CCR2 macrophage response determines the functional outcome following cardiomyocyte transplantation

Publikation: Beitrag in FachzeitschriftForschungsartikelBeigetragenBegutachtung


  • Praveen Vasudevan - , Universitätsmedizin Rostock (Autor:in)
  • Markus Wolfien - , Institut für Medizinische Informatik und Biometrie, Center for Scalable Data Analytics and Artificial Intelligence (ScaDS.AI Dresden), Universität Rostock (Autor:in)
  • Heiko Lemcke - , Universitätsmedizin Rostock (Autor:in)
  • Cajetan Immanuel Lang - , Universitätsmedizin Rostock (Autor:in)
  • Anna Skorska - , Universitätsmedizin Rostock (Autor:in)
  • Ralf Gaebel - , Universitätsmedizin Rostock (Autor:in)
  • Anne-Marie Galow - , Institute of Genome Biology (Autor:in)
  • Dirk Koczan - , Universitätsmedizin Rostock (Autor:in)
  • Tobias Lindner - , Core Facility Multimodal Small Animal Imaging, Universitätsmedizin Rostock (Autor:in)
  • Wendy Bergmann - , Universitätsmedizin Rostock (Autor:in)
  • Brigitte Mueller-Hilke - , Universitätsmedizin Rostock (Autor:in)
  • Brigitte Vollmar - , Universitätsmedizin Rostock (Autor:in)
  • Bernd Joachim Krause - , Universitätsmedizin Rostock (Autor:in)
  • Olaf Wolkenhauer - , Universitätsmedizin Rostock (Autor:in)
  • Gustav Steinhoff - , Universitätsmedizin Rostock (Autor:in)
  • Robert David - , Universitätsmedizin Rostock (Autor:in)


BACKGROUND: The immune response is a crucial factor for mediating the benefit of cardiac cell therapies. Our previous research showed that cardiomyocyte transplantation alters the cardiac immune response and, when combined with short-term pharmacological CCR2 inhibition, resulted in diminished functional benefit. However, the specific role of innate immune cells, especially CCR2 macrophages on the outcome of cardiomyocyte transplantation, is unclear.

METHODS: We compared the cellular, molecular, and functional outcome following cardiomyocyte transplantation in wildtype and T cell- and B cell-deficient Rag2del mice. The cardiac inflammatory response was assessed using flow cytometry. Gene expression profile was assessed using single-cell and bulk RNA sequencing. Cardiac function and morphology were determined using magnetic resonance tomography and immunohistochemistry respectively.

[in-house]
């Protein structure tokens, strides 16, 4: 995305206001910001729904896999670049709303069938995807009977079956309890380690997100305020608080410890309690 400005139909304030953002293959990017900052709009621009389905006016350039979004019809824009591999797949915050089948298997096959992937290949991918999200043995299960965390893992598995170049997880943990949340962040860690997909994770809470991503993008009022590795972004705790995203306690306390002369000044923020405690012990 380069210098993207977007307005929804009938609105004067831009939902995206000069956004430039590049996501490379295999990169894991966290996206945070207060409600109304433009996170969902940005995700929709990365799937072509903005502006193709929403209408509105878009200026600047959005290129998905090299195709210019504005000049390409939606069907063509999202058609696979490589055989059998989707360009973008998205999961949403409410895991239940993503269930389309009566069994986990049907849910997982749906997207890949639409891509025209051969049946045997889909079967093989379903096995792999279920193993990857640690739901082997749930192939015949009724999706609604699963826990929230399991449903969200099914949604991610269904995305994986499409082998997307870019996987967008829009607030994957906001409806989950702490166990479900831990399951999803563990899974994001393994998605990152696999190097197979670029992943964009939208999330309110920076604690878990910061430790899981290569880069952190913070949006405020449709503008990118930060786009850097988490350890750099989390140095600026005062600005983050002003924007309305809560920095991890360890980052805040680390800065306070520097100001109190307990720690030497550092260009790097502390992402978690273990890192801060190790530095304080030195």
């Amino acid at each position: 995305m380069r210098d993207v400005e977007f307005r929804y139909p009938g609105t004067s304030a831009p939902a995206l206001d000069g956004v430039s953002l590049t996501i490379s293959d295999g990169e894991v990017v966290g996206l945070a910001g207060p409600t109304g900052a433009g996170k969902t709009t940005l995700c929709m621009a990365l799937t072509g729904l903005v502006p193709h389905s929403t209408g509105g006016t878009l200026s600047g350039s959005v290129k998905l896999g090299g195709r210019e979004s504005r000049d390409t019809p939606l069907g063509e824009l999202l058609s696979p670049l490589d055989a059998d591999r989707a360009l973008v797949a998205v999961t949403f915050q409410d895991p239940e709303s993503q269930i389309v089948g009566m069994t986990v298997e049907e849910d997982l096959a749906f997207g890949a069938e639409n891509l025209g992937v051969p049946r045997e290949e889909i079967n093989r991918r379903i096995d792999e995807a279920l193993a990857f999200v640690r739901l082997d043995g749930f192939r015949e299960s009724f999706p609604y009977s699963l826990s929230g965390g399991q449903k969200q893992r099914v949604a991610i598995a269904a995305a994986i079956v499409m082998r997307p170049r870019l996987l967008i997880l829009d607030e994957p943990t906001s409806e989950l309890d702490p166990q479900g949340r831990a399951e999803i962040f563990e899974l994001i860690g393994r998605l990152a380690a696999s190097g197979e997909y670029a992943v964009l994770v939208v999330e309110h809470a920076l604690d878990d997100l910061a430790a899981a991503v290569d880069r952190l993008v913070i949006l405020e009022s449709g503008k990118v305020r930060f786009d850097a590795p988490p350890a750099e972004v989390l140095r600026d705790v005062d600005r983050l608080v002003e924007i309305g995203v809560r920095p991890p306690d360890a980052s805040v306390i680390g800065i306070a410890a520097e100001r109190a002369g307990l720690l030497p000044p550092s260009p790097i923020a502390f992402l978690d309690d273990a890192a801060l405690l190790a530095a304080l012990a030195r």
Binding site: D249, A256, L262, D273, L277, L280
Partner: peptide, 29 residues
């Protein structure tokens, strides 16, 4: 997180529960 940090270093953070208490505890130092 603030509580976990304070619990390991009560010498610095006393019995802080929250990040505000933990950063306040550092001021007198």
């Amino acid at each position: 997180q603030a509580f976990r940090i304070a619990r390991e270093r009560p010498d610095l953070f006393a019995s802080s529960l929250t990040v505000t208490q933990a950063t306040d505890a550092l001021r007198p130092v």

RESULTS: Compared to wildtype mice, Rag2del mice show an increased innate immune response at steady state and disparate macrophage response after MI. Subsequent single-cell analyses after MI showed differences in macrophage development and a lower prevalence of CCR2 expressing macrophages. Cardiomyocyte transplantation increased NK cells and monocytes, while reducing CCR2-MHC-IIlo macrophages. Consequently, it led to increased mRNA levels of genes involved in extracellular remodelling, poor graft survival, and no functional improvement. Using machine learning-based feature selection, Mfge8 and Ccl7 were identified as the primary targets underlying these effects in the heart.

CONCLUSIONS: Our results demonstrate that the improved functional outcome following cardiomyocyte transplantation is dependent on a specific CCR2 macrophage response. This work highlights the need to study the role of the immune response for cardiomyocyte cell therapy for successful clinical translation.


FachzeitschriftGenome medicine
PublikationsstatusVeröffentlicht - 10 Aug. 2023

Externe IDs

Scopus 85167651668
Mendeley 7438b2f7-d2dd-37fe-aeb5-d792b429e516
ORCID /0000-0002-1887-4772/work/143075281


Fächergruppen, Lehr- und Forschungsbereiche, Fachgebiete nach Destatis


  • Cell therapy, Immunocompromised, Machine learning, Macrophages, Myocardial infarction, Single-cell